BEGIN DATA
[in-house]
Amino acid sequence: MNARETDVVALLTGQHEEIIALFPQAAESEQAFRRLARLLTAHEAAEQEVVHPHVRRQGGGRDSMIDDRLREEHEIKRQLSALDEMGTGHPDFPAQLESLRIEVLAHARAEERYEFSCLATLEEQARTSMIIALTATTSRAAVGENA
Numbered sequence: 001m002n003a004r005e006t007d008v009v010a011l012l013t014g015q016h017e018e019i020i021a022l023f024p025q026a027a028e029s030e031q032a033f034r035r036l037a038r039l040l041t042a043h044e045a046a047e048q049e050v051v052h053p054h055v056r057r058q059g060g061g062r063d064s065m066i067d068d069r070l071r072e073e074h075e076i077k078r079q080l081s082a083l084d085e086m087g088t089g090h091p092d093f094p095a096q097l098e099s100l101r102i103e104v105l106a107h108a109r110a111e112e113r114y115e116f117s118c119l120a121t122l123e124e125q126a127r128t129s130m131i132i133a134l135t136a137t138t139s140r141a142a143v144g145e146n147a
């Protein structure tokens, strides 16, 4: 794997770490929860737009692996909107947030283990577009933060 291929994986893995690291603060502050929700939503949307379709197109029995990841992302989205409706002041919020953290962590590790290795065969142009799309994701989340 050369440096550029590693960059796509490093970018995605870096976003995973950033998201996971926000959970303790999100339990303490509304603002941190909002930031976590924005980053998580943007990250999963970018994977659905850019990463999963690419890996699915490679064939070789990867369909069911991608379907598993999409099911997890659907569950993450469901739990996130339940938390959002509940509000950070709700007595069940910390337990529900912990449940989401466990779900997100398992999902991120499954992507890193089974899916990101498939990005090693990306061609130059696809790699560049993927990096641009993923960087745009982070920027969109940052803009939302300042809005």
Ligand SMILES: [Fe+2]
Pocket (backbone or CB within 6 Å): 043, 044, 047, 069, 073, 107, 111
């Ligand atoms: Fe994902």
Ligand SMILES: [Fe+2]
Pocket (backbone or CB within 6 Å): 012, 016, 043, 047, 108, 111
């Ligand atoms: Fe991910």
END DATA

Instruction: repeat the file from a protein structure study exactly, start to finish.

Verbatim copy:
[in-house]
Amino acid sequence: MNARETDVVALLTGQHEEIIALFPQAAESEQAFRRLARLLTAHEAAEQEVVHPHVRRQGGGRDSMIDDRLREEHEIKRQLSALDEMGTGHPDFPAQLESLRIEVLAHARAEERYEFSCLATLEEQARTSMIIALTATTSRAAVGENA
Numbered sequence: 001m002n003a004r005e006t007d008v009v010a011l012l013t014g015q016h017e018e019i020i021a022l023f024p025q026a027a028e029s030e031q032a033f034r035r036l037a038r039l040l041t042a043h044e045a046a047e048q049e050v051v052h053p054h055v056r057r058q059g060g061g062r063d064s065m066i067d068d069r070l071r072e073e074h075e076i077k078r079q080l081s082a083l084d085e086m087g088t089g090h091p092d093f094p095a096q097l098e099s100l101r102i103e104v105l106a107h108a109r110a111e112e113r114y115e116f117s118c119l120a121t122l123e124e125q126a127r128t129s130m131i132i133a134l135t136a137t138t139s140r141a142a143v144g145e146n147a
């Protein structure tokens, strides 16, 4: 794997770490929860737009692996909107947030283990577009933060 291929994986893995690291603060502050929700939503949307379709197109029995990841992302989205409706002041919020953290962590590790290795065969142009799309994701989340 050369440096550029590693960059796509490093970018995605870096976003995973950033998201996971926000959970303790999100339990303490509304603002941190909002930031976590924005980053998580943007990250999963970018994977659905850019990463999963690419890996699915490679064939070789990867369909069911991608379907598993999409099911997890659907569950993450469901739990996130339940938390959002509940509000950070709700007595069940910390337990529900912990449940989401466990779900997100398992999902991120499954992507890193089974899916990101498939990005090693990306061609130059696809790699560049993927990096641009993923960087745009982070920027969109940052803009939302300042809005």
Ligand SMILES: [Fe+2]
Pocket (backbone or CB within 6 Å): 043, 044, 047, 069, 073, 107, 111
């Ligand atoms: Fe994902």
Ligand SMILES: [Fe+2]
Pocket (backbone or CB within 6 Å): 012, 016, 043, 047, 108, 111
């Ligand atoms: Fe991910």